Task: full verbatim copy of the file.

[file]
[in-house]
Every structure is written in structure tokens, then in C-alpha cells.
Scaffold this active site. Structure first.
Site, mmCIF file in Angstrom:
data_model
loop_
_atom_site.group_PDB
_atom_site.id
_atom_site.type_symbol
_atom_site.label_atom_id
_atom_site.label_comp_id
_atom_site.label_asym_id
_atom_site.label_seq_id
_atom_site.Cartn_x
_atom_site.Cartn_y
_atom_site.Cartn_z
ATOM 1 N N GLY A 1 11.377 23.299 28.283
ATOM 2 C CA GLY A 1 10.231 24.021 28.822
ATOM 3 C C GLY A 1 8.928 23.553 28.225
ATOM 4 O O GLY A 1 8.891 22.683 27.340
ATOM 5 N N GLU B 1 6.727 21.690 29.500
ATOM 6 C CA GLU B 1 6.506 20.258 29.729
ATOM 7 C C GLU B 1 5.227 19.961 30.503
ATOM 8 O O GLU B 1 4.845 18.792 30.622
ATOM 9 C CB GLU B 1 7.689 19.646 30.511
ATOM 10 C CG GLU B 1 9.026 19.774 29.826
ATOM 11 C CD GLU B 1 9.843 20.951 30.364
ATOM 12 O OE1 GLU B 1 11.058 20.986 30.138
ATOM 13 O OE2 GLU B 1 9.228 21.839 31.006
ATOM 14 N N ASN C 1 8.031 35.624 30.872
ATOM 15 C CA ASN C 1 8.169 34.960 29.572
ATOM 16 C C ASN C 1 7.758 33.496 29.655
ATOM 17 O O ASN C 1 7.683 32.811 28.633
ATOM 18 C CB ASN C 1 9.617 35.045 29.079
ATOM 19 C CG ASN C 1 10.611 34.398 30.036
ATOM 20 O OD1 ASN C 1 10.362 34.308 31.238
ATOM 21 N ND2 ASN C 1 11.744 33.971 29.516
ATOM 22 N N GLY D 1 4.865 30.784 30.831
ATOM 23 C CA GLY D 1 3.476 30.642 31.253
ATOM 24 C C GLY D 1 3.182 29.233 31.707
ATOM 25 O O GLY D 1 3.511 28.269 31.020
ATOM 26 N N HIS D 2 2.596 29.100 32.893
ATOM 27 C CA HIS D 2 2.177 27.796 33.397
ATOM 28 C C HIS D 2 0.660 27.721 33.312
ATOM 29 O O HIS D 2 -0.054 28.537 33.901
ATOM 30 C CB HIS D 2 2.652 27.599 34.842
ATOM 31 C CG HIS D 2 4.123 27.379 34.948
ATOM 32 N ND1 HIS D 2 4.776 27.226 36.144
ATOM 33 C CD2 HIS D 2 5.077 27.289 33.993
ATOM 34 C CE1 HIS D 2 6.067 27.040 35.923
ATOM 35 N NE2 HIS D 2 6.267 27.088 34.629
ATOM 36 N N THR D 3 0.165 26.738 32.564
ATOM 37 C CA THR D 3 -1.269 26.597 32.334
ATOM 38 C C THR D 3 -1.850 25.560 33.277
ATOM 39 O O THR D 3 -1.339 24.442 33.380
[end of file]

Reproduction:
[in-house]
Every structure is written in structure tokens, then in C-alpha cells.
Scaffold this active site. Structure first.
Site, mmCIF file in Angstrom:
data_model
loop_
_atom_site.group_PDB
_atom_site.id
_atom_site.type_symbol
_atom_site.label_atom_id
_atom_site.label_comp_id
_atom_site.label_asym_id
_atom_site.label_seq_id
_atom_site.Cartn_x
_atom_site.Cartn_y
_atom_site.Cartn_z
ATOM 1 N N GLY A 1 11.377 23.299 28.283
ATOM 2 C CA GLY A 1 10.231 24.021 28.822
ATOM 3 C C GLY A 1 8.928 23.553 28.225
ATOM 4 O O GLY A 1 8.891 22.683 27.340
ATOM 5 N N GLU B 1 6.727 21.690 29.500
ATOM 6 C CA GLU B 1 6.506 20.258 29.729
ATOM 7 C C GLU B 1 5.227 19.961 30.503
ATOM 8 O O GLU B 1 4.845 18.792 30.622
ATOM 9 C CB GLU B 1 7.689 19.646 30.511
ATOM 10 C CG GLU B 1 9.026 19.774 29.826
ATOM 11 C CD GLU B 1 9.843 20.951 30.364
ATOM 12 O OE1 GLU B 1 11.058 20.986 30.138
ATOM 13 O OE2 GLU B 1 9.228 21.839 31.006
ATOM 14 N N ASN C 1 8.031 35.624 30.872
ATOM 15 C CA ASN C 1 8.169 34.960 29.572
ATOM 16 C C ASN C 1 7.758 33.496 29.655
ATOM 17 O O ASN C 1 7.683 32.811 28.633
ATOM 18 C CB ASN C 1 9.617 35.045 29.079
ATOM 19 C CG ASN C 1 10.611 34.398 30.036
ATOM 20 O OD1 ASN C 1 10.362 34.308 31.238
ATOM 21 N ND2 ASN C 1 11.744 33.971 29.516
ATOM 22 N N GLY D 1 4.865 30.784 30.831
ATOM 23 C CA GLY D 1 3.476 30.642 31.253
ATOM 24 C C GLY D 1 3.182 29.233 31.707
ATOM 25 O O GLY D 1 3.511 28.269 31.020
ATOM 26 N N HIS D 2 2.596 29.100 32.893
ATOM 27 C CA HIS D 2 2.177 27.796 33.397
ATOM 28 C C HIS D 2 0.660 27.721 33.312
ATOM 29 O O HIS D 2 -0.054 28.537 33.901
ATOM 30 C CB HIS D 2 2.652 27.599 34.842
ATOM 31 C CG HIS D 2 4.123 27.379 34.948
ATOM 32 N ND1 HIS D 2 4.776 27.226 36.144
ATOM 33 C CD2 HIS D 2 5.077 27.289 33.993
ATOM 34 C CE1 HIS D 2 6.067 27.040 35.923
ATOM 35 N NE2 HIS D 2 6.267 27.088 34.629
ATOM 36 N N THR D 3 0.165 26.738 32.564
ATOM 37 C CA THR D 3 -1.269 26.597 32.334
ATOM 38 C C THR D 3 -1.850 25.560 33.277
ATOM 39 O O THR D 3 -1.339 24.442 33.380